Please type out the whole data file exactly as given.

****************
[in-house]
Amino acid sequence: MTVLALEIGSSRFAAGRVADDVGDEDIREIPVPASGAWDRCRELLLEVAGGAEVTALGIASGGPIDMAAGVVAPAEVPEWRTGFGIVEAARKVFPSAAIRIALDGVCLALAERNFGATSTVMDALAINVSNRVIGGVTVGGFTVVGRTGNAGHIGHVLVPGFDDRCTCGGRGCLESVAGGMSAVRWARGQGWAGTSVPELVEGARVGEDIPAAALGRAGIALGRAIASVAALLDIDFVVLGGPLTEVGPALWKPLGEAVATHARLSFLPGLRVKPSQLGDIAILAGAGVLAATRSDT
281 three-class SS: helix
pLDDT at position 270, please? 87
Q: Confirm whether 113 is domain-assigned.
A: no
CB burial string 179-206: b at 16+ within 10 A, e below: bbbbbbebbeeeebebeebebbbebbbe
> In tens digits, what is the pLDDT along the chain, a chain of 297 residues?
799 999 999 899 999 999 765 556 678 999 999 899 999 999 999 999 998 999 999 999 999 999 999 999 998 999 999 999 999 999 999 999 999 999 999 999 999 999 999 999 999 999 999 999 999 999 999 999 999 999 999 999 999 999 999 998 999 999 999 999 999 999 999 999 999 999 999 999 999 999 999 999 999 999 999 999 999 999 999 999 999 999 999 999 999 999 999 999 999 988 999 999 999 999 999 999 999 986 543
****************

[in-house]
Amino acid sequence: MTVLALEIGSSRFAAGRVADDVGDEDIREIPVPASGAWDRCRELLLEVAGGAEVTALGIASGGPIDMAAGVVAPAEVPEWRTGFGIVEAARKVFPSAAIRIALDGVCLALAERNFGATSTVMDALAINVSNRVIGGVTVGGFTVVGRTGNAGHIGHVLVPGFDDRCTCGGRGCLESVAGGMSAVRWARGQGWAGTSVPELVEGARVGEDIPAAALGRAGIALGRAIASVAALLDIDFVVLGGPLTEVGPALWKPLGEAVATHARLSFLPGLRVKPSQLGDIAILAGAGVLAATRSDT
281 three-class SS: helix
pLDDT at position 270, please? 87
Q: Confirm whether 113 is domain-assigned.
A: no
CB burial string 179-206: b at 16+ within 10 A, e below: bbbbbbebbeeeebebeebebbbebbbe
> In tens digits, what is the pLDDT along the chain, a chain of 297 residues?
799 999 999 899 999 999 765 556 678 999 999 899 999 999 999 999 998 999 999 999 999 999 999 999 998 999 999 999 999 999 999 999 999 999 999 999 999 999 999 999 999 999 999 999 999 999 999 999 999 999 999 999 999 999 999 998 999 999 999 999 999 999 999 999 999 999 999 999 999 999 999 999 999 999 999 999 999 999 999 999 999 999 999 999 999 999 999 999 999 988 999 999 999 999 999 999 999 986 543